After two years of closure and nearly a decade of planning, the Southeast 62nd Street Extension project in Issaquah was completed and opened for public use on Tuesday, Jan. 29.
The road project now connects Eastlake Sammamish Parkway and Lake Drive through the newly extended Southeast 62nd street. The project features an 800-foot bridge as part of the connection and a roundabout that will mange traffic flow crossing east and west, but also north and south to 221st Place Southeast and Fourth Avenue Northwest.
Public works director Sheldon Lynne said the project did more than just connect roads. The city was able to take six acres of land between the north fork and the main stem of Issaquah Creek and preserve it as open space (it had been zoned for multi-family residential development). The project also created two acres of wetland.
The crossing now includes a grade separated path for East Lake Sammamish Trail that runs underneath the elevated roundabout, meaning pedestrians and cyclists no longer interact with vehicle traffic passing through.
Mayor Mary Lou Pauly said the project is the largest capital project in the history of the city at a total of about $44 million. Funding the project wouldn’t have been possible with out the city’s partners on the project, she said. The city of Issaquah only put $4 million into the project while partners like Costco contributed $23 million, and the Washington State Transportation Improvement Board and Department of Commerce put in a combined sum of more than $15 million.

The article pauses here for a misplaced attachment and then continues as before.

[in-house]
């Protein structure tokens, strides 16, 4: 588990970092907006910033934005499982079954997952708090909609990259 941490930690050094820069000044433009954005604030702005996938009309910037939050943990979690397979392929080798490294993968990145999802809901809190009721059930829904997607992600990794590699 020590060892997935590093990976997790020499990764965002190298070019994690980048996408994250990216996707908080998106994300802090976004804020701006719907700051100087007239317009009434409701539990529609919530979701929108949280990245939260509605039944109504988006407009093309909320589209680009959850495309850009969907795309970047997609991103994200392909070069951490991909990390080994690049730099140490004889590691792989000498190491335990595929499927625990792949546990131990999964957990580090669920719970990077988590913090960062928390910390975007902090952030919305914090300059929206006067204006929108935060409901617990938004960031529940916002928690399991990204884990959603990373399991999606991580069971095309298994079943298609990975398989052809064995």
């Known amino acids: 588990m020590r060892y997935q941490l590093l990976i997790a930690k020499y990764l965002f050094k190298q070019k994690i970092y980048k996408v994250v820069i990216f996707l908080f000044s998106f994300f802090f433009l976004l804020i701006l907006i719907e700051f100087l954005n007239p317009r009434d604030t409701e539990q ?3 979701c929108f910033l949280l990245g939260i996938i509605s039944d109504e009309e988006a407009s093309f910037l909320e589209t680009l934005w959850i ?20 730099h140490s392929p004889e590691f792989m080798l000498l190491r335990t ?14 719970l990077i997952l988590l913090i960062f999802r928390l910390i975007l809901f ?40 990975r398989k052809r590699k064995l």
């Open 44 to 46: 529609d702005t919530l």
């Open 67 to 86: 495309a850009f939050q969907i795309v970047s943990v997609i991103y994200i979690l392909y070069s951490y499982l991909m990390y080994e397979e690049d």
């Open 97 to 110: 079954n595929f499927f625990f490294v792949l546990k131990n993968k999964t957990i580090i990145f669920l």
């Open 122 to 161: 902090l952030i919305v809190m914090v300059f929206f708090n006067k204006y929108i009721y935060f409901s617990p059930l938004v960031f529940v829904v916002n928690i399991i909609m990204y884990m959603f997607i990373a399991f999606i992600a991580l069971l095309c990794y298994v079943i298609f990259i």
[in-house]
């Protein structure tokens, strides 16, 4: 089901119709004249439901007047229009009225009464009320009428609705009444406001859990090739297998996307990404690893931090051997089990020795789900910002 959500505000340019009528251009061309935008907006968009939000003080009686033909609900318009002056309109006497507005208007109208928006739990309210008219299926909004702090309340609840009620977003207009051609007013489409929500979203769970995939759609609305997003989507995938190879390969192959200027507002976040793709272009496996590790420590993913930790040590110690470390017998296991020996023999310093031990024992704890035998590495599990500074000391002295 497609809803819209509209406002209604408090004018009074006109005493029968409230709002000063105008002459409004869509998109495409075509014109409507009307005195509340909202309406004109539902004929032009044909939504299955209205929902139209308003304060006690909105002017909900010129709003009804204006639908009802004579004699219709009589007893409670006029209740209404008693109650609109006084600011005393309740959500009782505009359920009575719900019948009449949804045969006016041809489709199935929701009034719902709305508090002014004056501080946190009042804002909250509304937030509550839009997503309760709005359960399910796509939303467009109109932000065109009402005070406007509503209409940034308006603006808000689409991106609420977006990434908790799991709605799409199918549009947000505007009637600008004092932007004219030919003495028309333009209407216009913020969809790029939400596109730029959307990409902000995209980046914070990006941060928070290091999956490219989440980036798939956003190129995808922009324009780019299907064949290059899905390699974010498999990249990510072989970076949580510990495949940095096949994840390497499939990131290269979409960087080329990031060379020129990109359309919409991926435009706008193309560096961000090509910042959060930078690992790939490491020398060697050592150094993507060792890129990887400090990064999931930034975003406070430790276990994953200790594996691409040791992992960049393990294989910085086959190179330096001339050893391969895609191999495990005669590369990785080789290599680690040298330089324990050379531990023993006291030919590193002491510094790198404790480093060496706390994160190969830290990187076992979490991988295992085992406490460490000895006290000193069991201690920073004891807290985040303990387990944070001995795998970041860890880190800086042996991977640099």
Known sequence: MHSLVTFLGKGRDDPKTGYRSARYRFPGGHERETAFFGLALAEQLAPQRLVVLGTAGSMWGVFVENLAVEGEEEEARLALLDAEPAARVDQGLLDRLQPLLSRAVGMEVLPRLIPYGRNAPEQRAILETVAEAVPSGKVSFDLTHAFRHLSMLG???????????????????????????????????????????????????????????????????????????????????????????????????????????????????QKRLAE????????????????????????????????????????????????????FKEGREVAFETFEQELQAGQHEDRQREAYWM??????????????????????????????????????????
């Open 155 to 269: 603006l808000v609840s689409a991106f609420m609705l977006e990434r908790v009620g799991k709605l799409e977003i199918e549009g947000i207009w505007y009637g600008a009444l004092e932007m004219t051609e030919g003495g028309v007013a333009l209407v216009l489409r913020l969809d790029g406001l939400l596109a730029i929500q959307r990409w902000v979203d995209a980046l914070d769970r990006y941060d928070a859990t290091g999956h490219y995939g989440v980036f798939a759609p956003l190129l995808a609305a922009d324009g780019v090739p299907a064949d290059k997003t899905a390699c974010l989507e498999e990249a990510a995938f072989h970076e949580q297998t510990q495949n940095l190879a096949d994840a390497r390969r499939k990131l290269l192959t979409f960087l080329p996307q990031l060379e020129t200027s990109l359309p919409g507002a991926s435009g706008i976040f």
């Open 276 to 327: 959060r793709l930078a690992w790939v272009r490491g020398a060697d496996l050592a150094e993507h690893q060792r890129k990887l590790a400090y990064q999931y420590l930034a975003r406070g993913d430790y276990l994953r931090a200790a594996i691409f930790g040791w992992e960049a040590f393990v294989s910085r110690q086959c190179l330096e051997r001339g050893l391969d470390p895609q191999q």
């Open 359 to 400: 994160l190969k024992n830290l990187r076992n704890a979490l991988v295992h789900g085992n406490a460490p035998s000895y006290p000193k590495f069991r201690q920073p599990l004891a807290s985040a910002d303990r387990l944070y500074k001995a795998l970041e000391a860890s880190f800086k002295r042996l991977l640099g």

It has taken nearly 10 years from the inception of the project to get to this point. The city began work on a funding package in 2010, which was completed in 2015.
The road extension came about to alleviate current and future traffic planned as the city grows, especially as Costco corporate headquarters plans for its expansion project. Costco has contributed $25 million to a suite of three transportation projects related to the business’s expansion in the city, with the extension project being the largest by far.
Pauly thanked residents and businesses who have been patient with the project and as construction had to cut off one of the four highway crossings in the city.
“Thank you to the community — we closed one of the four under-crossings of Interstate 90 in town for two years and the community has been frustrated but enormously patient,” she said. “It’s so exciting that we can open it up for traffic.”
By Evan Pappas